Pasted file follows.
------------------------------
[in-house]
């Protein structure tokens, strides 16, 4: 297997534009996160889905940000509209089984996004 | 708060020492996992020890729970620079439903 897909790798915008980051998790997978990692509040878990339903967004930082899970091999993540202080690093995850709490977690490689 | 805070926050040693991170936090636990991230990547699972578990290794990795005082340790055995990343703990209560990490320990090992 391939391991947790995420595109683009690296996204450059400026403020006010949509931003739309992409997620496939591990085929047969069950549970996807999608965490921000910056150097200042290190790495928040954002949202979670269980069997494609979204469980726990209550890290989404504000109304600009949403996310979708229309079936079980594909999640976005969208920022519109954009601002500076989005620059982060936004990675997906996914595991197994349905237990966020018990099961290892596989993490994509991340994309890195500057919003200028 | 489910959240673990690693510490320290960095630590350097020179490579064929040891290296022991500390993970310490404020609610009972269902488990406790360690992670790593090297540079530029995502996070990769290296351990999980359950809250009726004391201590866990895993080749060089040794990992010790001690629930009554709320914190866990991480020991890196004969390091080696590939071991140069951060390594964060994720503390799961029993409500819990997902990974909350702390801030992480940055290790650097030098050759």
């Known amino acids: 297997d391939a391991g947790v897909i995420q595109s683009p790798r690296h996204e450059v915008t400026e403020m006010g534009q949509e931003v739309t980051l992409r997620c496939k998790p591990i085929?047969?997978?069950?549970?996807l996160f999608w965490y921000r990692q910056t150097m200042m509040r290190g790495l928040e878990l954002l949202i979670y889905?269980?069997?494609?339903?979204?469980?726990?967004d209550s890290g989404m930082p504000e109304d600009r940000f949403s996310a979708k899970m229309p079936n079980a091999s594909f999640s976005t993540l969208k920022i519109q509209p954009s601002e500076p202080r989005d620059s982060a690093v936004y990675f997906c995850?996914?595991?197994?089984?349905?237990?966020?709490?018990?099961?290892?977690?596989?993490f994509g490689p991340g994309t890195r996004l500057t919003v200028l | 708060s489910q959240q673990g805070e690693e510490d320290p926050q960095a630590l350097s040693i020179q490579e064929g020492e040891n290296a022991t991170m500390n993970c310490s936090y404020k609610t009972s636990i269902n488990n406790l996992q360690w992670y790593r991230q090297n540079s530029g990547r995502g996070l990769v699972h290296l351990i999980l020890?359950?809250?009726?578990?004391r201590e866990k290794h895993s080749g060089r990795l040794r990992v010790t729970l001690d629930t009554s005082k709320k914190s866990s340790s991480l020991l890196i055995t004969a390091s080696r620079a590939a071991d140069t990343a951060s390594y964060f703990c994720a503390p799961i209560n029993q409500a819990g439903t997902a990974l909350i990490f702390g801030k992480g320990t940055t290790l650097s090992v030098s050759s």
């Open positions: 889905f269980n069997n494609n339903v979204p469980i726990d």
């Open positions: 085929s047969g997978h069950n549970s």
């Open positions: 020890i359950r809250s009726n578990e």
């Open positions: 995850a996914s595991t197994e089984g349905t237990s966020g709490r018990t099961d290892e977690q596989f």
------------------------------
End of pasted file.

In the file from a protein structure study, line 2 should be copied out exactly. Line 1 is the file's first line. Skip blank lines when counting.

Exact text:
């Protein structure tokens, strides 16, 4: 297997534009996160889905940000509209089984996004 | 708060020492996992020890729970620079439903 897909790798915008980051998790997978990692509040878990339903967004930082899970091999993540202080690093995850709490977690490689 | 805070926050040693991170936090636990991230990547699972578990290794990795005082340790055995990343703990209560990490320990090992 391939391991947790995420595109683009690296996204450059400026403020006010949509931003739309992409997620496939591990085929047969069950549970996807999608965490921000910056150097200042290190790495928040954002949202979670269980069997494609979204469980726990209550890290989404504000109304600009949403996310979708229309079936079980594909999640976005969208920022519109954009601002500076989005620059982060936004990675997906996914595991197994349905237990966020018990099961290892596989993490994509991340994309890195500057919003200028 | 489910959240673990690693510490320290960095630590350097020179490579064929040891290296022991500390993970310490404020609610009972269902488990406790360690992670790593090297540079530029995502996070990769290296351990999980359950809250009726004391201590866990895993080749060089040794990992010790001690629930009554709320914190866990991480020991890196004969390091080696590939071991140069951060390594964060994720503390799961029993409500819990997902990974909350702390801030992480940055290790650097030098050759």